Centipede Hz is dense and unforgivingly full-throttle ... and home to some of the band’s best and most involved lyrics to date.
Though it never escapes the shadow of its elder sibling, Centipede Hz is, in true black-sheep fashion, undeniably entertaining.
A magical album that takes the listener on a wondrous journey into a party where love is found, lost, and ultimately sublimated into an unsurpassable catharsis.
Centipede Hz is an album that’ll get a hold on you as all its arms grab on and don’t let go.
It’s chaotic and confounding. It will frustrate as much as it delights. And no, not everything they throw at the wall manages to stick.
Centipede Hz is upfront about its intentions of difficulty, announcing them with a tone equal parts self-aware and challenging.
As it stands, it’s a portrait of growing up that is wonderfully vivid but a tad unfulfilling, a collection of tracks boasting some remarkable tunes and a complex theme, and an album that is bound to satisfy both hardcore and casual fans.
With Centipede Hz, it's not just the case that they've done it again, it's that they've been doing it since the turn of the century, and no-one's going to stop them having fun anytime soon.
Centipede Hz, by comparison, feels like someone throwing a burrito on your windshield: The songs hit with a jolt, instantly splaying all their ingredients before you.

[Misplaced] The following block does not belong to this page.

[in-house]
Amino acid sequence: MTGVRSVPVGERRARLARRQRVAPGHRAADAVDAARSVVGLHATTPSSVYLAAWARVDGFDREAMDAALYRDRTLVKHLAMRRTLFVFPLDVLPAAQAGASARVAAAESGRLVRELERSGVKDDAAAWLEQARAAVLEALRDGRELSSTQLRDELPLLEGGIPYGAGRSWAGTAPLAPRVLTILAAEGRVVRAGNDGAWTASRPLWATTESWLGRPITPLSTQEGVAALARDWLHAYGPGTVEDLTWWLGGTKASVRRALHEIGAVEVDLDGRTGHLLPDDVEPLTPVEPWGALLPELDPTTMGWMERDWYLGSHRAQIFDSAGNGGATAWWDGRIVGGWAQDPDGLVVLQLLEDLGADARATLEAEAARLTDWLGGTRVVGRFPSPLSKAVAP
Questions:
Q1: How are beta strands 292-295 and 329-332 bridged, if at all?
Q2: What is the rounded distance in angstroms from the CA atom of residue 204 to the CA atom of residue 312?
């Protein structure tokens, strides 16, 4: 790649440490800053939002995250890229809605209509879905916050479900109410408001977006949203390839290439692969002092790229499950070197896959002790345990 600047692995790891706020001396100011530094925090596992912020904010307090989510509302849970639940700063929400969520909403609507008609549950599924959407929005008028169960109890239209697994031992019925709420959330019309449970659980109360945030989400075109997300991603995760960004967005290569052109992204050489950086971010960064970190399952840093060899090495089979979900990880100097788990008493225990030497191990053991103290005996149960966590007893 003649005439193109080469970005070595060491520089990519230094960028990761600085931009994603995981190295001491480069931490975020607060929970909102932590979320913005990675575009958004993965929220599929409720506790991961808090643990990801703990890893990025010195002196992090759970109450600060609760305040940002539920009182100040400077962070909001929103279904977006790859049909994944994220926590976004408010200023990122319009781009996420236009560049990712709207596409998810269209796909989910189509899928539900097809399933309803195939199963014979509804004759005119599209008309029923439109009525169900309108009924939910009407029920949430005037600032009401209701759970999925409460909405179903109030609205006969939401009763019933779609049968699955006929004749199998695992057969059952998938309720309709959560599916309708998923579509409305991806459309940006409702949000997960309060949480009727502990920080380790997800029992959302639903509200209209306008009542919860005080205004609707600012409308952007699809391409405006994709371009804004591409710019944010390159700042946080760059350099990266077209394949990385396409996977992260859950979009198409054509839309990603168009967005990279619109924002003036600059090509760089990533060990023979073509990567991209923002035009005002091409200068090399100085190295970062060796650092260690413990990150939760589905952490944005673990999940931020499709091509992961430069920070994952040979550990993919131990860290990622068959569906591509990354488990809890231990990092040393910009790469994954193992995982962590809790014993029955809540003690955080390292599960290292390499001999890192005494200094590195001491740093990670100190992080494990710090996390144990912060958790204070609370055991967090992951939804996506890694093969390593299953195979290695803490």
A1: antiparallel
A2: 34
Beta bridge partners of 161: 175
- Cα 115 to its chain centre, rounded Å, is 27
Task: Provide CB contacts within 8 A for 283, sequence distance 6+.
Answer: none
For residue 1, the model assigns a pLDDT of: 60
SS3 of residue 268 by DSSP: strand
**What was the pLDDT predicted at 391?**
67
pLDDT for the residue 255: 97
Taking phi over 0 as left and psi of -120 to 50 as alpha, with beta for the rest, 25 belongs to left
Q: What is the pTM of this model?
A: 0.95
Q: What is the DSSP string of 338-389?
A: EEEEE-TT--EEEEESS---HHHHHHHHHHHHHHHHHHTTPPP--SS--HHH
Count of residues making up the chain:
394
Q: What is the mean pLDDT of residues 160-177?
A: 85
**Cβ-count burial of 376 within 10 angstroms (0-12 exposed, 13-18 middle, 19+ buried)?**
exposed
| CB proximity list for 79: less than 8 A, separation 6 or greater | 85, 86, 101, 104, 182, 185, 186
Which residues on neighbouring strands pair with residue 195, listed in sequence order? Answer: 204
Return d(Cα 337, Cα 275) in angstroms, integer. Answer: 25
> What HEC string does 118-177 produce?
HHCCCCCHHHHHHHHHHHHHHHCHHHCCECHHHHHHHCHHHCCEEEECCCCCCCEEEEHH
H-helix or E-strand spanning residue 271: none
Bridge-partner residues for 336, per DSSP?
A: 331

It’s not a major album, but are Animal Collective obliged to make major albums?
Centipede Hz evokes nothing so much as diner placemats or knockoff dollar store beach pails.
It’s like a manic transmission that’s only being half picked up, leaving the receiver the task of attempting to reconstruct the message from incomplete information.
Oversaturated with obtrusive vocal effects and muddy synth textures, these songs are forcefully suffocated by untamed jumbles of sonic detritus.
The problem with Centipede Hz is that there’s just no room for the listener’s own imagination, rendering it a difficult album to connect with.
The most underrated record of 2012
Even though it's a change in direction from the beloved Merriweather Post Pavillion, it's still a great album. I've enjoyed it more with each listen.
A disappointing change in direction.
|# 37 -||Beats Per Minute|
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|# 45 -||No Ripcord|
|# 33 -||Obscure Sound|
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|# 19 -||Pitchfork Readers|